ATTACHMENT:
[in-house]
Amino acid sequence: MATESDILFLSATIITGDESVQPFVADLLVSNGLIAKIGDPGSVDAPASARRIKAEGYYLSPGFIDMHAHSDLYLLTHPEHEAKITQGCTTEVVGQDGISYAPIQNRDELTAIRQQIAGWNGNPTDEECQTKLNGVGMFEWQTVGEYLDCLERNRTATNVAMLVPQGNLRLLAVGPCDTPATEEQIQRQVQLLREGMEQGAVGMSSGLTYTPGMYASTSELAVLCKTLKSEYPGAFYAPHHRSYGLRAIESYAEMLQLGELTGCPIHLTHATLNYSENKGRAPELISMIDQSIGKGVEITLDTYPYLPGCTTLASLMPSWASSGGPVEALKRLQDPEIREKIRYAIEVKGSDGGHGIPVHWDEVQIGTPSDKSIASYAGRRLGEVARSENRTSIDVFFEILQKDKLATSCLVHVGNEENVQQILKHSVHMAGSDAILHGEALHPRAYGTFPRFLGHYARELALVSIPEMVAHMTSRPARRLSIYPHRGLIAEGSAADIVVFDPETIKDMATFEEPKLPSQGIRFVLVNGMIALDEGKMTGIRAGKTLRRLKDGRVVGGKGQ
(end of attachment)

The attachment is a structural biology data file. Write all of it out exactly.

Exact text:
[in-house]
Amino acid sequence: MATESDILFLSATIITGDESVQPFVADLLVSNGLIAKIGDPGSVDAPASARRIKAEGYYLSPGFIDMHAHSDLYLLTHPEHEAKITQGCTTEVVGQDGISYAPIQNRDELTAIRQQIAGWNGNPTDEECQTKLNGVGMFEWQTVGEYLDCLERNRTATNVAMLVPQGNLRLLAVGPCDTPATEEQIQRQVQLLREGMEQGAVGMSSGLTYTPGMYASTSELAVLCKTLKSEYPGAFYAPHHRSYGLRAIESYAEMLQLGELTGCPIHLTHATLNYSENKGRAPELISMIDQSIGKGVEITLDTYPYLPGCTTLASLMPSWASSGGPVEALKRLQDPEIREKIRYAIEVKGSDGGHGIPVHWDEVQIGTPSDKSIASYAGRRLGEVARSENRTSIDVFFEILQKDKLATSCLVHVGNEENVQQILKHSVHMAGSDAILHGEALHPRAYGTFPRFLGHYARELALVSIPEMVAHMTSRPARRLSIYPHRGLIAEGSAADIVVFDPETIKDMATFEEPKLPSQGIRFVLVNGMIALDEGKMTGIRAGKTLRRLKDGRVVGGKGQ